Italian populist party eyes election top spot

But main challenger to right-wing coalition would likely need to form alliances to govern

Mr Michel Barbet, the first Five Star Movement mayor of the Italian town of Guidonia, is campaigning for the party's causes.
Mr Michel Barbet, the first Five Star Movement mayor of the Italian town of Guidonia, is campaigning for the party's causes.

GUIDONIA MONTECELIO (Italy) • In the industrial town of Guidonia near Rome, its first Five Star Movement (M5S) mayor is pulling out all the stops as the populist movement gears up for a shot at national governance.

Tall, bespectacled and originally from France, Mr Michel Barbet won the mayoralty last year amid an outpouring of frustration and anger towards mainstream political parties.

Although not up for re-election this time round, the man whom locals still refer to as "lo straniero" - the foreigner - is again out campaigning for the anti-establishment movement's causes, notably anti-corruption measures, and this time from a position of power.

"We were elected, almost by default, because of the widespread disillusion," said Mr Barbet.

The 59-year-old, who made Italy his home four decades ago, won last year partly because of an abstention rate of 50 per cent.

"I wouldn't be here if the city had been well run," he said.

The manner of his victory in Guidonia - home to nearly 90,000 residents - resonates across Italy.

Tired of the scourge of corruption and parliamentary paralysis, voters turned to anti-establishment, M5S newcomers such as Mr Barbet in a last-ditch attempt to bring about positive change in Italian politics.

"When you see what we had before, you think that it can't be worse," said Ms Rita, a fishmonger in the city's historic quarter, who did not want to give her last name.

Since their beginnings in 2009, the populists, who support a hotchpotch of policies from across the political spectrum, have surged in popularity.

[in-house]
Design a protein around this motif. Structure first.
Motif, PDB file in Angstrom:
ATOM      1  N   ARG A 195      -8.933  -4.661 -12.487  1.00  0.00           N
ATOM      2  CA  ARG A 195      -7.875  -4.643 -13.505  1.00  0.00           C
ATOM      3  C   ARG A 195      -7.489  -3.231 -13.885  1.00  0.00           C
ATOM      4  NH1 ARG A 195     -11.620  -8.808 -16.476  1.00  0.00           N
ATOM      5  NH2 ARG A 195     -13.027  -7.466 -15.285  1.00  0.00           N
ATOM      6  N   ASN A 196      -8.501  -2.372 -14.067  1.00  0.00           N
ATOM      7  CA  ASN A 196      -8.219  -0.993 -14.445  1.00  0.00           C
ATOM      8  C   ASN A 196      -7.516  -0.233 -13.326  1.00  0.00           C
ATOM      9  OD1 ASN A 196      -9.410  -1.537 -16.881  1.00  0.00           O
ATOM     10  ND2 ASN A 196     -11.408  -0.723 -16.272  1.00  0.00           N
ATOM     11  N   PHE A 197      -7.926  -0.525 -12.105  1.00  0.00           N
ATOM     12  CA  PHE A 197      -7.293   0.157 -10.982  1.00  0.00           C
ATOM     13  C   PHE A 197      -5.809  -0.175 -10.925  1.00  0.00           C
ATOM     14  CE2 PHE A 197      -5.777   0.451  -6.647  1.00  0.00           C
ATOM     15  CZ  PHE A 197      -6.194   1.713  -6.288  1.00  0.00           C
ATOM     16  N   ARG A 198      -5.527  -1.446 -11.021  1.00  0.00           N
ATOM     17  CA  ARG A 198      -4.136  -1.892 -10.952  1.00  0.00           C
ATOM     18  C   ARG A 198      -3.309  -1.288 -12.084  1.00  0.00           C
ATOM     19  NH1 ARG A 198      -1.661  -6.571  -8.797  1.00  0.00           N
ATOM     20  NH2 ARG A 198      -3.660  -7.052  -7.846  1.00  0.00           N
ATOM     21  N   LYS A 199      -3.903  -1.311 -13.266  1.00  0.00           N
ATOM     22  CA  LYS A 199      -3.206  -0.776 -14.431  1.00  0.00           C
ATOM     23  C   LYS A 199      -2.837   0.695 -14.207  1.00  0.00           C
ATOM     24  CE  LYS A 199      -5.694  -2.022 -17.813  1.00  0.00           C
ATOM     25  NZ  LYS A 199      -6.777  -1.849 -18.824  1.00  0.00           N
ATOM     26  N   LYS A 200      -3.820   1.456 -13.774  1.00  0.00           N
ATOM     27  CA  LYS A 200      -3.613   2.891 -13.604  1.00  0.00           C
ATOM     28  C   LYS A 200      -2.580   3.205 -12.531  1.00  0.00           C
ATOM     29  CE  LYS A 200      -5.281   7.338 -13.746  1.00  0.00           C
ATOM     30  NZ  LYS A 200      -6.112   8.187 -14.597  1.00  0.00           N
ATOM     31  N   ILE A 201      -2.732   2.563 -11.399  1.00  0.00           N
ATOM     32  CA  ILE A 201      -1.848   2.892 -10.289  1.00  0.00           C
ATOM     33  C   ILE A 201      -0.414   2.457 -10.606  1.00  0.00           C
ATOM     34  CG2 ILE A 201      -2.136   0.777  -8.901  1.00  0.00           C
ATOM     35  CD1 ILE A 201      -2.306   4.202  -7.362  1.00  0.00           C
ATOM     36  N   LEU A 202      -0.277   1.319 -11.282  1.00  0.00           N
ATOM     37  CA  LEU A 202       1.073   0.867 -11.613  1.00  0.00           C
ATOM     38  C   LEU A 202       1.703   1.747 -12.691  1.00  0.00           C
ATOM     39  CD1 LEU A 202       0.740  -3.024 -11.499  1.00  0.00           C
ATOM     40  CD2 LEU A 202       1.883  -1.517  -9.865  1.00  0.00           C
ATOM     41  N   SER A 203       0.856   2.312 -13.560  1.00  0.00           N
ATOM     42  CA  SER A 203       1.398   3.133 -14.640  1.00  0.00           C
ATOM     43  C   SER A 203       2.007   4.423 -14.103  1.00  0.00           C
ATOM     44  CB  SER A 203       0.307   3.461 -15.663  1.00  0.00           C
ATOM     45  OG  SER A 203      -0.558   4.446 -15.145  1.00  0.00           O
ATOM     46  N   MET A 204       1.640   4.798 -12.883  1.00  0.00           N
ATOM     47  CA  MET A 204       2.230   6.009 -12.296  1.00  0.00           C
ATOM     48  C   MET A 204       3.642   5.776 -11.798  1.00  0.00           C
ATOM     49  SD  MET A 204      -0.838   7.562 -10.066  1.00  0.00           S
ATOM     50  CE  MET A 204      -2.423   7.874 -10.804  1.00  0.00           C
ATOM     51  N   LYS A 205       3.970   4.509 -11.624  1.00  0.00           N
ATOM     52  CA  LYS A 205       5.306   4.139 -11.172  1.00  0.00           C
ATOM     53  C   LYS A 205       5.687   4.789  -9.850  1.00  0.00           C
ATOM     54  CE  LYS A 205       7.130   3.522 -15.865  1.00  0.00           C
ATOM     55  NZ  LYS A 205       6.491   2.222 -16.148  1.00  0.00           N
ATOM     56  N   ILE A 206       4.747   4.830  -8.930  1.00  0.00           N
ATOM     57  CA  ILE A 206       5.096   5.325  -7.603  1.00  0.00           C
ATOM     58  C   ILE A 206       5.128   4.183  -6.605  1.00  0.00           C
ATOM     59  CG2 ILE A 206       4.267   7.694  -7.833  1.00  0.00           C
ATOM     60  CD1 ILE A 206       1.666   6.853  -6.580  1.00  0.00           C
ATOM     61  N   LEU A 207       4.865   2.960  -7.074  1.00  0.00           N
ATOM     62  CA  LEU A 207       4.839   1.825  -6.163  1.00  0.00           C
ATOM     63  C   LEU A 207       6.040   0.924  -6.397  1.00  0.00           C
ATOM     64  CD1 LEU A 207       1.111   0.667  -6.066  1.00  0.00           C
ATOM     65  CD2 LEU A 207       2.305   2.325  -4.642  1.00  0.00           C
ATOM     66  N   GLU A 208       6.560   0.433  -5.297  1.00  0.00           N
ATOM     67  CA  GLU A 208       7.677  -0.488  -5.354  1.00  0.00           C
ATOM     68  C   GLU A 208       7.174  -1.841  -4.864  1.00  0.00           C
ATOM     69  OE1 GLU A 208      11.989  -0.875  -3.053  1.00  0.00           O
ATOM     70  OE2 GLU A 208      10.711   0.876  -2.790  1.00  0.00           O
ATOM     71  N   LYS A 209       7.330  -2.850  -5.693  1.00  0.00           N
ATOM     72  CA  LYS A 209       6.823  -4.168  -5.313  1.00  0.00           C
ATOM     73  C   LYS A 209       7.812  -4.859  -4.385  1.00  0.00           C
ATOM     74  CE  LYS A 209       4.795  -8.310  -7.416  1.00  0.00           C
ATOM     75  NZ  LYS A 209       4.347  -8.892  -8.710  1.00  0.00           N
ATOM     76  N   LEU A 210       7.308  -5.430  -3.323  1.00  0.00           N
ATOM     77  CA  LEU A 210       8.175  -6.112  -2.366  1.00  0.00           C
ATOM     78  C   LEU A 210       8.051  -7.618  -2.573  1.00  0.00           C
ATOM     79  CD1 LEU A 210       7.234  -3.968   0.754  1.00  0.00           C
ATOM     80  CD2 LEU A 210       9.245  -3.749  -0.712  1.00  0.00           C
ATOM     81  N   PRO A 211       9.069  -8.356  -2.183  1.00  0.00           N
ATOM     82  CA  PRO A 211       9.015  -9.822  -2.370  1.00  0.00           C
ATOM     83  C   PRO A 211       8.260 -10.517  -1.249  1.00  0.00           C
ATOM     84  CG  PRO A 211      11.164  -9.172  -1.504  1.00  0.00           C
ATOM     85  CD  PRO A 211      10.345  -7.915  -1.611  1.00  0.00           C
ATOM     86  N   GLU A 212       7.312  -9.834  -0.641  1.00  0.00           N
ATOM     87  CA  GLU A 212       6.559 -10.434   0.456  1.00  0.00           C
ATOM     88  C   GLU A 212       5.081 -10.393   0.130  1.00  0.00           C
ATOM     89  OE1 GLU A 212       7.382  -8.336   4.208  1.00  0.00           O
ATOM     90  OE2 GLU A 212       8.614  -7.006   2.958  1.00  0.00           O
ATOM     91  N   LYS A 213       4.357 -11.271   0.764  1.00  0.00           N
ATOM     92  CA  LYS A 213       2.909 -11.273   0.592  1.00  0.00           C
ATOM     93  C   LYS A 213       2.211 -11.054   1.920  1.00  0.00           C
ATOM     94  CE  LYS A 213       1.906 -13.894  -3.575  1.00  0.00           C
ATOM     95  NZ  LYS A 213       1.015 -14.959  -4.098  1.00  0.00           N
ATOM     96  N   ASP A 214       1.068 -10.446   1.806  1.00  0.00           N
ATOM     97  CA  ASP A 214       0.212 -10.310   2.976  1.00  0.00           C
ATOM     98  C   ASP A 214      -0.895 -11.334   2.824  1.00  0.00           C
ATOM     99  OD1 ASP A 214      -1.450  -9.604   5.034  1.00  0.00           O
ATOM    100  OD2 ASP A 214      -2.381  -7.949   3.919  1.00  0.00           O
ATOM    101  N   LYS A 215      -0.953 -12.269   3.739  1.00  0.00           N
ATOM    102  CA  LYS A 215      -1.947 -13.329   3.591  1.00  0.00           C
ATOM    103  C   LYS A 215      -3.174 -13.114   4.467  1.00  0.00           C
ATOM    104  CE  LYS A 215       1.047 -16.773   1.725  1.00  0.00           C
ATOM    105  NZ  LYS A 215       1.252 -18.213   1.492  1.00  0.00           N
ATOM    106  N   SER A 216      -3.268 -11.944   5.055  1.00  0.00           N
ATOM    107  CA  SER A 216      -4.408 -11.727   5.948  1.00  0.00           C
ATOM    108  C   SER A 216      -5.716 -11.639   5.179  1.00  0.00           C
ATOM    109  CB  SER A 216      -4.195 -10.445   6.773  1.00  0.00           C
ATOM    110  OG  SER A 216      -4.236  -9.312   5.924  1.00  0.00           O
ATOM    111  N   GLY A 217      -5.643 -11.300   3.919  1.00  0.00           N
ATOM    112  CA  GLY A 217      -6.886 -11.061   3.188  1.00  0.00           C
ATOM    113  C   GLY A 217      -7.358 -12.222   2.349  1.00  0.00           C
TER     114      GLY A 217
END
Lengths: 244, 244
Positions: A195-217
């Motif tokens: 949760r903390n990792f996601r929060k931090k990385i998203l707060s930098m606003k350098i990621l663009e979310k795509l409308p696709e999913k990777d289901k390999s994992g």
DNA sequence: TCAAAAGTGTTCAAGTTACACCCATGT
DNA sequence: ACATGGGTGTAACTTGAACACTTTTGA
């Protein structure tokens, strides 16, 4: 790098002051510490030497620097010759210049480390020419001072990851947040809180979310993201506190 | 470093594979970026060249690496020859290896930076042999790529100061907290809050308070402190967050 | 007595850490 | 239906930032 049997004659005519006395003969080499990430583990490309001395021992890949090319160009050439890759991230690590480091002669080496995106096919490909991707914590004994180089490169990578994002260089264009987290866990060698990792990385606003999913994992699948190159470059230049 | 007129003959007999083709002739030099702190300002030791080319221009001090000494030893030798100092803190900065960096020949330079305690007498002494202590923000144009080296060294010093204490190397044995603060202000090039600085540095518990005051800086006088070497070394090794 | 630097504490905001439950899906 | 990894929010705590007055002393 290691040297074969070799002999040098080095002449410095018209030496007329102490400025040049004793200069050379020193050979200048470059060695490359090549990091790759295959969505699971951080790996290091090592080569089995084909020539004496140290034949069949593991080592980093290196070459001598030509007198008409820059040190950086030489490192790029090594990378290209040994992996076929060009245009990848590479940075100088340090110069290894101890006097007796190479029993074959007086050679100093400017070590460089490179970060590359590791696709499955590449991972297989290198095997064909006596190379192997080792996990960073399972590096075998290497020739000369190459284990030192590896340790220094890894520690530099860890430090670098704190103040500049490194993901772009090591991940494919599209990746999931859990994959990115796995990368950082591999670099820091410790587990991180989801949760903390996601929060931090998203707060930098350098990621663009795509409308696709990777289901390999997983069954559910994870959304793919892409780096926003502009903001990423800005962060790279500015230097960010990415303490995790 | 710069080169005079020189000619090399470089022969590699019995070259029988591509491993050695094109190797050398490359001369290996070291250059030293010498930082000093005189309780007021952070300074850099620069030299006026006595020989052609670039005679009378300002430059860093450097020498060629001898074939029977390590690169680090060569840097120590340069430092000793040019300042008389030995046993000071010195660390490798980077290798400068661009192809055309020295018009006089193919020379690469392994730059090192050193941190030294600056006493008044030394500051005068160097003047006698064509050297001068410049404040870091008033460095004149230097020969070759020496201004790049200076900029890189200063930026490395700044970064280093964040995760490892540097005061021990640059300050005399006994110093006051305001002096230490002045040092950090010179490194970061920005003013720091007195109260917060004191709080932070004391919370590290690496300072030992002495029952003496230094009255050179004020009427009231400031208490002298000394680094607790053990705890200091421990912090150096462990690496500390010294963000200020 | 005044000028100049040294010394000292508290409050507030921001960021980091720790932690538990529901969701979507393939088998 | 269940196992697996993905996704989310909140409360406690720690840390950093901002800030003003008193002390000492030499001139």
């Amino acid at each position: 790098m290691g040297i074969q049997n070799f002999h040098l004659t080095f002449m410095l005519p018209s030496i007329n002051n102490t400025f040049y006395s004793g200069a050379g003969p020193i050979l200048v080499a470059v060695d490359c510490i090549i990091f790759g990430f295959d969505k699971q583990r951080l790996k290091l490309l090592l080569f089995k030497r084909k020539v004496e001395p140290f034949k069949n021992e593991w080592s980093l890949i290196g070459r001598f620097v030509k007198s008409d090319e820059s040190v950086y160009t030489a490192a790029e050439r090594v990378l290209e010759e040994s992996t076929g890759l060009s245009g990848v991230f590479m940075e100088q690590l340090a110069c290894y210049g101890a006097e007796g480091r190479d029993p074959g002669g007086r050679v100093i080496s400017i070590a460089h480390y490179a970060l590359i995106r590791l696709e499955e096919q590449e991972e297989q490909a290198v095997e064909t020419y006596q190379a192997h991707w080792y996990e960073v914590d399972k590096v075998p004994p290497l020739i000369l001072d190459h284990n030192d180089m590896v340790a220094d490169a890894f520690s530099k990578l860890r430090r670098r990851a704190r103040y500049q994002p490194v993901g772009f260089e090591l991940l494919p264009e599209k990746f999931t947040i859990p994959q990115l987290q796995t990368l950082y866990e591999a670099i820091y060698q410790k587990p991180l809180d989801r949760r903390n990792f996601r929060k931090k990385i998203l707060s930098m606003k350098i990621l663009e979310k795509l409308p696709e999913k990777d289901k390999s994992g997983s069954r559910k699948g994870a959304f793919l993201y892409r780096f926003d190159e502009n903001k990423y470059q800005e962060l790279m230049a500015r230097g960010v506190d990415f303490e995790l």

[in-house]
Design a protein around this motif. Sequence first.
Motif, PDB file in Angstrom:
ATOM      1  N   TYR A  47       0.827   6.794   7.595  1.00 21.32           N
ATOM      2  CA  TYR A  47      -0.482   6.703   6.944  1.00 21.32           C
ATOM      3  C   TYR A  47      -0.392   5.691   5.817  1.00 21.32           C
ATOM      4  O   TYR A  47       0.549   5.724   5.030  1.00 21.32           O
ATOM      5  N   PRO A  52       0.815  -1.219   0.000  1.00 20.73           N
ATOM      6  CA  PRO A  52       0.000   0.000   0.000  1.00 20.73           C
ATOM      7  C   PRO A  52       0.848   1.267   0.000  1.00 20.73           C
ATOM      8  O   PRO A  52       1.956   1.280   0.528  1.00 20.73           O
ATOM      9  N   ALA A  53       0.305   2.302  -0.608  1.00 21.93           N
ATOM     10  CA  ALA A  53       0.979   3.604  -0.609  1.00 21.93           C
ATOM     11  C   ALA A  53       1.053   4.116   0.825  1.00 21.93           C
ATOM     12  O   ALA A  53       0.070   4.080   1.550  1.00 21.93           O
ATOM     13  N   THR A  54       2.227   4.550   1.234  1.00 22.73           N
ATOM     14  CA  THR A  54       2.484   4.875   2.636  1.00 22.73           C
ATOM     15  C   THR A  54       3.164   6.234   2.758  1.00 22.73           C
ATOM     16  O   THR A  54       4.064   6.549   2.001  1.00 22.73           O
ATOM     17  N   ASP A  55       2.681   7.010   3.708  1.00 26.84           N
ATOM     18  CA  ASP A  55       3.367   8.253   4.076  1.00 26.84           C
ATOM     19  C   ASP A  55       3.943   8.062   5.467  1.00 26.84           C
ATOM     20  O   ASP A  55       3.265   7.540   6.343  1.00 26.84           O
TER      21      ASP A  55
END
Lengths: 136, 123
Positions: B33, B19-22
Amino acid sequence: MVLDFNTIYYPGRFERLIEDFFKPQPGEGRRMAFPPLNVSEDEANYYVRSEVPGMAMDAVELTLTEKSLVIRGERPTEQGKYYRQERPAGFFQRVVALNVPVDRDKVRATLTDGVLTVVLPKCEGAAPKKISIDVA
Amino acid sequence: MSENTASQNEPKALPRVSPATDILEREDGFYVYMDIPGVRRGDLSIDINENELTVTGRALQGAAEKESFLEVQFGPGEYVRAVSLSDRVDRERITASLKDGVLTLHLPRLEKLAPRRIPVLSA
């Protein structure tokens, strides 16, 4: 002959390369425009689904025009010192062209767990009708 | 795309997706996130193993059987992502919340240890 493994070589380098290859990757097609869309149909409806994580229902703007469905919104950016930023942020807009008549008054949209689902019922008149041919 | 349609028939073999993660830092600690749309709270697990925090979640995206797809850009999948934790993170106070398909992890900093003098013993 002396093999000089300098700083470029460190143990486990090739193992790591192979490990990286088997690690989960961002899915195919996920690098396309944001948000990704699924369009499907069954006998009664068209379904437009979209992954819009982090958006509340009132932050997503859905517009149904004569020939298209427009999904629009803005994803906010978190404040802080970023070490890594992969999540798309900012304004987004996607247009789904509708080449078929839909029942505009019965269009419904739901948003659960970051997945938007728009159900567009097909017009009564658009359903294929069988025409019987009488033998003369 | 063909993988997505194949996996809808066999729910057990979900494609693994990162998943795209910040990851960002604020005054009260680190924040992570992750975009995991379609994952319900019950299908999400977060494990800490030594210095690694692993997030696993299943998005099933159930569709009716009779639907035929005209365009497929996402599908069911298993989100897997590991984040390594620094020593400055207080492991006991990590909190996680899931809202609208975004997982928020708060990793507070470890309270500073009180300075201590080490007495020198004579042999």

In the 2013 General Election, M5S took 25 per cent of the vote and the party has since gained representatives at the helm of around 30 cities across the country, including Rome and Turin.

The party is especially popular among young voters, lured by its rejection of old-style Italian politics as well as a promise of a universal basic income.

"They say that Guidonia is a small Rome, because the same political problems have produced the same effects," said Mr Barbet, referring to the 2016 election of Rome's first female mayor, M5S protege Virginia Raggi.

Aged just 37 at the time of her election, Ms Raggi swept to power with 67 per cent of the vote following the "Mafia Capitale" scandal, a vast web of corruption and bribery involving almost every department of Rome's city hall.

Inexperienced in politics, the former lawyer campaigned on a platform of transparency and integrity.

But as political newcomers, M5S members have been accused of incompetence and political flip-flopping after softening their anti-euro and anti-immigration stance in recent months.

Their squeaky-clean image has also been tarnished by the same kind of cronyism and sleaze allegations that have undermined other parties.

"I just hope they're there for us, and even more for our children, rather than their careers," said Ms Silvia, a 40-year-old mother from Guidonia who would not give her last name.

The group is now led by telegenic 31-year-old Mr Luigi Di Maio. He is trying to shift the party away from the rabble-rousing rhetoric of former leader and comedian Beppe Grillo, who has stepped down.

Polls suggest that under Mr Di Maio's leadership, M5S is the main challenger to the powerful right-wing coalition led by former prime minister Silvio Berlusconi in the March 4 election.

But under the current electoral system which favours coalitions, the party will likely need to make alliances in order to govern.

It has previously refused to ally itself with the traditional parties.

Mr Barbet, who is currently working on a budget in a city riddled with debt, knows his party needs to convince more voters from mainstream parties to join it.

"It's very slow. It's hard to fight against a mafia culture that is so deeply rooted in society," he said.

"It's true that a lot of people no longer believe in politics, but we study, we work, we talk to citizens and we end up getting results."


A version of this article appeared in the print edition of The Straits Times on February 23, 2018, with the headline 'Italian populist party eyes election top spot'. Subscribe